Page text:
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Resuscitation. 2015 Sep;94:91-7. doi: 10.1016/j.resuscitation.2015.07.002. Epub 2015 Jul 17.

Mechanical chest compression for out of hospital cardiac arrest: Systematic review and meta-analysis.

Author information

1
Warwick Clinical Trials Unit, University of Warwick, Coventry CV4 7AL, UK. Electronic address: s.gates@warwick.ac.uk.
2
School of Health Sciences, Faculty of Health and Medical Sciences, Duke of Kent Building, University of Surrey, Guildford GU2 7XH, UK; Surrey Perioperative, Anaesthetic and Critical Care Collaborative Research Group, Surrey Health Partners, Egerton Road, Guildford GU2 8DR, UK.
3
South Central Ambulance Service NHS Foundation Trust, Otterbourne, UK; NIHR Southampton Respiratory Biomedical Research Unit, University Hospital Southampton NHS Foundation Trust, Southampton, Hampshire, UK.
4
North East Ambulance Service NHS Foundation Trust, Bernicia House, Goldcrest Way, Newburn Riverside, Newcastle upon Tyne NE15 8NY, UK.
5
Warwick Clinical Trials Unit, University of Warwick, Coventry CV4 7AL, UK; Academic Department of Anaesthesia, Critical Care, Pain and Resuscitation, Heart of England NHS Foundation Trust, Birmingham B9 5SS, UK.
6
Warwick Clinical Trials Unit, University of Warwick, Coventry CV4 7AL, UK.

Abstract

AIM:

To summarise the evidence from randomised controlled trials of mechanical chest compression devices used during resuscitation after out of hospital cardiac arrest.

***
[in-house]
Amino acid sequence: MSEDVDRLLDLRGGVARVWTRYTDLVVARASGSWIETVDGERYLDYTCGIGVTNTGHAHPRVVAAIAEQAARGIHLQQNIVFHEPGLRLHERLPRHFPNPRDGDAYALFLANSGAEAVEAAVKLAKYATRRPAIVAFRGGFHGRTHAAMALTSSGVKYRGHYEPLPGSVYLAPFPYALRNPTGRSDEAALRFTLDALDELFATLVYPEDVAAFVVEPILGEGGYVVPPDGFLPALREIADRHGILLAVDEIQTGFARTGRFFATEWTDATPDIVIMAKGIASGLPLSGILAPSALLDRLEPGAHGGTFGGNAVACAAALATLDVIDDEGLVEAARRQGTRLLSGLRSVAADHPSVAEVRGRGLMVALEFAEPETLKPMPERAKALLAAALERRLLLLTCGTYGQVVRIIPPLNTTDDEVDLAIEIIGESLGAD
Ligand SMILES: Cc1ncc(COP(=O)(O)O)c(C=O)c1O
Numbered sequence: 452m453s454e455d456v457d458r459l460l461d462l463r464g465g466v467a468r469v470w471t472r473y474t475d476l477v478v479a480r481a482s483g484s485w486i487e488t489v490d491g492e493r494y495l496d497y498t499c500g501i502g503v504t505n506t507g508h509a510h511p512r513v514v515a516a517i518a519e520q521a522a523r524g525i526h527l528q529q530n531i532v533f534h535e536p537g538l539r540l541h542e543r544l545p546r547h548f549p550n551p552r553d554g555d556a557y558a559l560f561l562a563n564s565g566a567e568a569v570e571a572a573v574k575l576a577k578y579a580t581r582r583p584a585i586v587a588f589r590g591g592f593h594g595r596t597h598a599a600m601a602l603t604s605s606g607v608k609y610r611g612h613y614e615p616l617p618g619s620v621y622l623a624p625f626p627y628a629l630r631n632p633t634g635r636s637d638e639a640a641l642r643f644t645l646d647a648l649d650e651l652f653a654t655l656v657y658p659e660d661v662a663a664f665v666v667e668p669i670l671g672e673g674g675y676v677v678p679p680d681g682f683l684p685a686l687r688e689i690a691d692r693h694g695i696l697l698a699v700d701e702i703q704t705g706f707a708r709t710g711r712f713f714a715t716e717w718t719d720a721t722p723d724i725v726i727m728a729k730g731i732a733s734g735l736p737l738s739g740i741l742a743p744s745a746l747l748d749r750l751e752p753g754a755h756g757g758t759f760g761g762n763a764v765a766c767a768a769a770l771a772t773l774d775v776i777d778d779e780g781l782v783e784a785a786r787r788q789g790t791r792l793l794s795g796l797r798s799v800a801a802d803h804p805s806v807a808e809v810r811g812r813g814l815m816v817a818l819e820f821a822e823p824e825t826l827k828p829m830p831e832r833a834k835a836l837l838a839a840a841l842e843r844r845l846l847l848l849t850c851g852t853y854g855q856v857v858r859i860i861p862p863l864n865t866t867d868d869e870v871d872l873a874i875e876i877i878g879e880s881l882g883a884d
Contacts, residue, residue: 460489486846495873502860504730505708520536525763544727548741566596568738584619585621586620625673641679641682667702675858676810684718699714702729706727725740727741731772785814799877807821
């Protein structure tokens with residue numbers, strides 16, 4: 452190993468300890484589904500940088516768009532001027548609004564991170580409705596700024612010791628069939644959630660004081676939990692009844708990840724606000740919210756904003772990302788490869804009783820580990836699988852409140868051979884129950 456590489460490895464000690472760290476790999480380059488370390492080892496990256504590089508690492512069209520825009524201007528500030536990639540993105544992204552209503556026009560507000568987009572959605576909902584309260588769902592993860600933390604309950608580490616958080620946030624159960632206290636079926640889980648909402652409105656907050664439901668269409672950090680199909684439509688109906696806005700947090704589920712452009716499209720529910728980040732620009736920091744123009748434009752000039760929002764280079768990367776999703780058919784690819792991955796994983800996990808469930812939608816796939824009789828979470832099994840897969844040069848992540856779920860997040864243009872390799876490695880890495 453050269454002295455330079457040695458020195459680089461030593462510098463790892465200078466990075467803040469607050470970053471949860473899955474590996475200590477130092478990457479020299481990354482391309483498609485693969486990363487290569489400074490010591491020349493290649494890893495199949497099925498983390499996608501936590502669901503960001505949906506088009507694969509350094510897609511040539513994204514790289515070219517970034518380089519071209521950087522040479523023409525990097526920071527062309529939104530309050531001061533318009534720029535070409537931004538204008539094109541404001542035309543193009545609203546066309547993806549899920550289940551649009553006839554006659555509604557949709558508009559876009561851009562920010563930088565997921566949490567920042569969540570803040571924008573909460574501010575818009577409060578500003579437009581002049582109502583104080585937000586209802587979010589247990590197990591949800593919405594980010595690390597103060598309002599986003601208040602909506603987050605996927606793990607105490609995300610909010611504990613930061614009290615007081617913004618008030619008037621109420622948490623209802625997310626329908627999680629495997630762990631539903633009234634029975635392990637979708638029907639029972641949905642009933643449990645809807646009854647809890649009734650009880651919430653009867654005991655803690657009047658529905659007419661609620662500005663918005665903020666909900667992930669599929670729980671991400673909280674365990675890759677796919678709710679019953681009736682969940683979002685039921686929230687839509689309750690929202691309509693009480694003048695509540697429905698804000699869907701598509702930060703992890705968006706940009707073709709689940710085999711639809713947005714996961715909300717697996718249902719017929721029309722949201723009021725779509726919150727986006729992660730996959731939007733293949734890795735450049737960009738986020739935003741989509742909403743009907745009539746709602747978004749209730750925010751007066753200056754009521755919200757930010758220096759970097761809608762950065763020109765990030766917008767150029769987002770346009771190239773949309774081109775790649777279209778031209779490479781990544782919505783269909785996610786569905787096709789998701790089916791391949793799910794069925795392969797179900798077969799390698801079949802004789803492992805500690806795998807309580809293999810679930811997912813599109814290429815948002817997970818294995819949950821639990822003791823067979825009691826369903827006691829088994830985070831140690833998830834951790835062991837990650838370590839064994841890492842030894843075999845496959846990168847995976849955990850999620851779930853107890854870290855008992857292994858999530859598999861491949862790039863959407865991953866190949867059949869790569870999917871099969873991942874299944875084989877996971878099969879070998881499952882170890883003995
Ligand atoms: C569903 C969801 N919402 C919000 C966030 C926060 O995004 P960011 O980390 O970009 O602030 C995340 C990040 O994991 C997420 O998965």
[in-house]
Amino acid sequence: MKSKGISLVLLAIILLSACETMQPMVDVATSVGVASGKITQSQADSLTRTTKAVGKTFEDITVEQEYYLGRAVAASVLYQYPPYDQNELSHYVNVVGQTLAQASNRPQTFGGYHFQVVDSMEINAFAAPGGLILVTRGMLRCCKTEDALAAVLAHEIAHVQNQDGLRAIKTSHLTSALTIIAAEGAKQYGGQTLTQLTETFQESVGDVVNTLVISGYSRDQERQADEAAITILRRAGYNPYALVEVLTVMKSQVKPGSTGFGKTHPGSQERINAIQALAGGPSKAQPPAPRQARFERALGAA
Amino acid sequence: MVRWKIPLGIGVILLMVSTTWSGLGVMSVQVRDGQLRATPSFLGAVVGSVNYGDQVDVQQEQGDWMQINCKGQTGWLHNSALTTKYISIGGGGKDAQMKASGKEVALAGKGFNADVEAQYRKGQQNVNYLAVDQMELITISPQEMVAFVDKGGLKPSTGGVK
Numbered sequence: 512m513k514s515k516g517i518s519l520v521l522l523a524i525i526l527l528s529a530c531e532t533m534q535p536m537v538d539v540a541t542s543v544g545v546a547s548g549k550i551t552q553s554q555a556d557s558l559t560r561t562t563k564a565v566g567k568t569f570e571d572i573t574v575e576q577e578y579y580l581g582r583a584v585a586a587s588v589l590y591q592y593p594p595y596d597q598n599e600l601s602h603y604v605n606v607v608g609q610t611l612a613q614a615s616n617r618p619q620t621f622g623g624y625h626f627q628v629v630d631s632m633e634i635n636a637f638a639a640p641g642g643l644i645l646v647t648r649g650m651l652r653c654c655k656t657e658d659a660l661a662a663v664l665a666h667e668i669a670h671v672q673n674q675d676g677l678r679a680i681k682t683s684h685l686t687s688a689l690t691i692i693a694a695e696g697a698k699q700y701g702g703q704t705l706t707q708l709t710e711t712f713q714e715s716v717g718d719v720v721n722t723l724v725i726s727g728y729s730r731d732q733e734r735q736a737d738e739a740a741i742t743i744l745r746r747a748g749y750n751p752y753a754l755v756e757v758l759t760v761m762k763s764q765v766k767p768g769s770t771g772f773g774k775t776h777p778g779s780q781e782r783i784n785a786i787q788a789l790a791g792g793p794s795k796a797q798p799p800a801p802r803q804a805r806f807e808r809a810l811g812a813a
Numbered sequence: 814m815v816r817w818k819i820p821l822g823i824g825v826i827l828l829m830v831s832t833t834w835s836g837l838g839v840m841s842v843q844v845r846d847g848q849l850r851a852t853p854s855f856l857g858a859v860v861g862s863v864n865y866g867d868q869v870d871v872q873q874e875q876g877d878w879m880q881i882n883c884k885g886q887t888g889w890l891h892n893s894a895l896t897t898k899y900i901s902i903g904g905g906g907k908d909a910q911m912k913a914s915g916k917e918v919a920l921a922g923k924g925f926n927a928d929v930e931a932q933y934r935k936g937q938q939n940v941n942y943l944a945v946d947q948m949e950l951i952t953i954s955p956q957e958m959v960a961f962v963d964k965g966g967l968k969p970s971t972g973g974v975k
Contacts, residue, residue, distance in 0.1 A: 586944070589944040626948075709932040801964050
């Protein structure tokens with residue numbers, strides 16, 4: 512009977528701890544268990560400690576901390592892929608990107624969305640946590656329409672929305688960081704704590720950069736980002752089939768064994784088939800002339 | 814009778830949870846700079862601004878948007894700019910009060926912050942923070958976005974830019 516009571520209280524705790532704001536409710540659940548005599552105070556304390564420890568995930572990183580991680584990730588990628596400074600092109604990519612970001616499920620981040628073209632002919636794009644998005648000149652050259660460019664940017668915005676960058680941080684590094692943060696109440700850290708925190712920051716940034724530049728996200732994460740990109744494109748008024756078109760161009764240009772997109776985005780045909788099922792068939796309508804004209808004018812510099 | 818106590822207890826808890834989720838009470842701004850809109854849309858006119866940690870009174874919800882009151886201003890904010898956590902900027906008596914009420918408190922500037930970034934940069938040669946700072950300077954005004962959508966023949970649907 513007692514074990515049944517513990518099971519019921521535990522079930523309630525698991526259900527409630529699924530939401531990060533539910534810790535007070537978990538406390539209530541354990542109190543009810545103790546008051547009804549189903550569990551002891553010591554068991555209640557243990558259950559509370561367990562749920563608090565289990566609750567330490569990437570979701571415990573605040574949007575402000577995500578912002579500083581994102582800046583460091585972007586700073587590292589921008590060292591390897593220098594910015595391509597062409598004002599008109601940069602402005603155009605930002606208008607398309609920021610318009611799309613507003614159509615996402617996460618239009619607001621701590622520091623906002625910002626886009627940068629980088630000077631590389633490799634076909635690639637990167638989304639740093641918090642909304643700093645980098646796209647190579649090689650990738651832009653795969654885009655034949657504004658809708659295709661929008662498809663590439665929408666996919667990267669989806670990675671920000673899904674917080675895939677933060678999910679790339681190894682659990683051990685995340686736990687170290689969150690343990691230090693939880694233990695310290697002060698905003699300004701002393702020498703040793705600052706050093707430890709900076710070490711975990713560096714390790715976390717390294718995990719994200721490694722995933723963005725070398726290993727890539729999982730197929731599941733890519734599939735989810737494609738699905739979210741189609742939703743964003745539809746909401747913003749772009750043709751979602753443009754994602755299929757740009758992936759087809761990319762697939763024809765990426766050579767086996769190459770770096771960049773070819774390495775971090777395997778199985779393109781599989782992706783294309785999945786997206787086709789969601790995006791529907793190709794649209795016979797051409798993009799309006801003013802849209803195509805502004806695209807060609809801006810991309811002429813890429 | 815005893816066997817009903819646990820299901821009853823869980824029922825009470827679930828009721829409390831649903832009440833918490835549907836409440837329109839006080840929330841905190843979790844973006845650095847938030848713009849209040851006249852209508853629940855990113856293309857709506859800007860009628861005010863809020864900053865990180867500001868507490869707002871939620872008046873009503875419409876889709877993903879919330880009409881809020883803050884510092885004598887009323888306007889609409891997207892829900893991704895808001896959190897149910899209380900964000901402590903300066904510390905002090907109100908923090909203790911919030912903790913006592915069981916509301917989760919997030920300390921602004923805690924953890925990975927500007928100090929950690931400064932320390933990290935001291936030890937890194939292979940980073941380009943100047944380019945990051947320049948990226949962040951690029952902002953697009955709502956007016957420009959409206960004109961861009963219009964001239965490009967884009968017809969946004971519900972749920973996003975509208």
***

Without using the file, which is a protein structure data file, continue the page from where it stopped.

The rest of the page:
METHODS:

Systematic review of studies evaluating the effectiveness of mechanical chest compression. We included randomised controlled trials or cluster randomised trials that compared mechanical chest compression (using any device) with manual chest compression for adult patients following out-of-hospital cardiac arrest. Outcome measures were return of spontaneous circulation, survival of event, overall survival, survival with good neurological outcome. Results were combined using random-effects meta-analysis.

DATA SOURCES:

Studies were identified by searches of electronic databases, reference lists of other studies and review articles.

RESULTS:

Five trials were included, of which three evaluated the LUCAS or LUCAS-2 device and two evaluated the AutoPulse device. The results did not show an advantage to the use of mechanical chest compression devices for survival to discharge/30 days (average OR 0.89, 95% CI 0.77, 1.02) and survival with good neurological outcome (average OR 0.76, 95% CI 0.53, 1.11).

CONCLUSIONS:

Existing studies do not suggest that mechanical chest compression devices are superior to manual chest compression, when used during resuscitation after out of hospital cardiac arrest.

KEYWORDS:

AutoPulse; Cardiac arrest; Cardiopulmonary resuscitation; LUCAS; Mechanical chest compression

[Indexed for MEDLINE]
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